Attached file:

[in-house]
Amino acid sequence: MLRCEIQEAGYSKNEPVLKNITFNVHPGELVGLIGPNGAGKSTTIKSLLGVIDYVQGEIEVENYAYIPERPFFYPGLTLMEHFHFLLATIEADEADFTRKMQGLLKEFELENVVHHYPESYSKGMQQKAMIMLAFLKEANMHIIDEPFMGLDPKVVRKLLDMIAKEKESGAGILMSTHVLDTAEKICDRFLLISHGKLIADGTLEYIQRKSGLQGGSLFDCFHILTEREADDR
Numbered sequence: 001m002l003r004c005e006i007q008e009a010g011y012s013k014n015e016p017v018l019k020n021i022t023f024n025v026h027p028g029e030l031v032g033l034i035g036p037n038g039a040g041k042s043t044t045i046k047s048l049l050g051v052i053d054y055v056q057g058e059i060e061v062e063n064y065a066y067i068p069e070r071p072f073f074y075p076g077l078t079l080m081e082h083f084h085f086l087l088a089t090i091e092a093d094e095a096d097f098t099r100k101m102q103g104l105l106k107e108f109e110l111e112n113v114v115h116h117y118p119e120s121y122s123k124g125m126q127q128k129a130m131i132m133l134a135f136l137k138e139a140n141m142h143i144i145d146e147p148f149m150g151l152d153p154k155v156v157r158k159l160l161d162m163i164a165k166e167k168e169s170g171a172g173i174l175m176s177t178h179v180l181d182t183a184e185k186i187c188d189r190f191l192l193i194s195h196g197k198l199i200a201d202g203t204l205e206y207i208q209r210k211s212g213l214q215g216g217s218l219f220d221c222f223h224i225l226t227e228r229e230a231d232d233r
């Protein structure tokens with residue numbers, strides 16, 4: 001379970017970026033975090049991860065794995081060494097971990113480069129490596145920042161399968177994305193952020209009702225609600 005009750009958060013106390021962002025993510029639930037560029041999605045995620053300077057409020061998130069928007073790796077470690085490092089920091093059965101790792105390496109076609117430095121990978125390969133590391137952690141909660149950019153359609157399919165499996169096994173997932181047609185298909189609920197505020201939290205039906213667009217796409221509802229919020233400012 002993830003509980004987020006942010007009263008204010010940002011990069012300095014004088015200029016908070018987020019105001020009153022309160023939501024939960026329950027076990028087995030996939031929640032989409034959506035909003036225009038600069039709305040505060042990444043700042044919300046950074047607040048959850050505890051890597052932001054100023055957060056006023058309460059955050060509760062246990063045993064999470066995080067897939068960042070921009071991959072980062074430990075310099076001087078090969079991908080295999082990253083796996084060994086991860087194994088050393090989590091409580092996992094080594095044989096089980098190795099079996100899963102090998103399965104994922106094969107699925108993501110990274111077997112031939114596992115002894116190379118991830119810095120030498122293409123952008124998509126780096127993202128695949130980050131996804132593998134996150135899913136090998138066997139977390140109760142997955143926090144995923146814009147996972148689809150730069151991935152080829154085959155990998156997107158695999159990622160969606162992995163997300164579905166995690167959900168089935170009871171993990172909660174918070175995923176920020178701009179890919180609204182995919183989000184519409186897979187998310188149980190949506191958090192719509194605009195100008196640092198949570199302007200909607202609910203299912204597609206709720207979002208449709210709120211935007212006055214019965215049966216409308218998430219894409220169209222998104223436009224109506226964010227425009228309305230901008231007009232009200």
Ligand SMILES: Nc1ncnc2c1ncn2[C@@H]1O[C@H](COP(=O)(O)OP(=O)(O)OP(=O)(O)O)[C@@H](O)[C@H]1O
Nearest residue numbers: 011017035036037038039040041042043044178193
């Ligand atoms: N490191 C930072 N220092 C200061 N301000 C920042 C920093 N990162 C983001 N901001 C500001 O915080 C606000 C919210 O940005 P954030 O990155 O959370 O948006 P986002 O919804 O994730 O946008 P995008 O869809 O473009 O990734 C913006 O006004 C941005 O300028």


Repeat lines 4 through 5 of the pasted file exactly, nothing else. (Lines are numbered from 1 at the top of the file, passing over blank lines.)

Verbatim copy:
């Protein structure tokens with residue numbers, strides 16, 4: 001379970017970026033975090049991860065794995081060494097971990113480069129490596145920042161399968177994305193952020209009702225609600 005009750009958060013106390021962002025993510029639930037560029041999605045995620053300077057409020061998130069928007073790796077470690085490092089920091093059965101790792105390496109076609117430095121990978125390969133590391137952690141909660149950019153359609157399919165499996169096994173997932181047609185298909189609920197505020201939290205039906213667009217796409221509802229919020233400012 002993830003509980004987020006942010007009263008204010010940002011990069012300095014004088015200029016908070018987020019105001020009153022309160023939501024939960026329950027076990028087995030996939031929640032989409034959506035909003036225009038600069039709305040505060042990444043700042044919300046950074047607040048959850050505890051890597052932001054100023055957060056006023058309460059955050060509760062246990063045993064999470066995080067897939068960042070921009071991959072980062074430990075310099076001087078090969079991908080295999082990253083796996084060994086991860087194994088050393090989590091409580092996992094080594095044989096089980098190795099079996100899963102090998103399965104994922106094969107699925108993501110990274111077997112031939114596992115002894116190379118991830119810095120030498122293409123952008124998509126780096127993202128695949130980050131996804132593998134996150135899913136090998138066997139977390140109760142997955143926090144995923146814009147996972148689809150730069151991935152080829154085959155990998156997107158695999159990622160969606162992995163997300164579905166995690167959900168089935170009871171993990172909660174918070175995923176920020178701009179890919180609204182995919183989000184519409186897979187998310188149980190949506191958090192719509194605009195100008196640092198949570199302007200909607202609910203299912204597609206709720207979002208449709210709120211935007212006055214019965215049966216409308218998430219894409220169209222998104223436009224109506226964010227425009228309305230901008231007009232009200």
Ligand SMILES: Nc1ncnc2c1ncn2[C@@H]1O[C@H](COP(=O)(O)OP(=O)(O)OP(=O)(O)O)[C@@H](O)[C@H]1O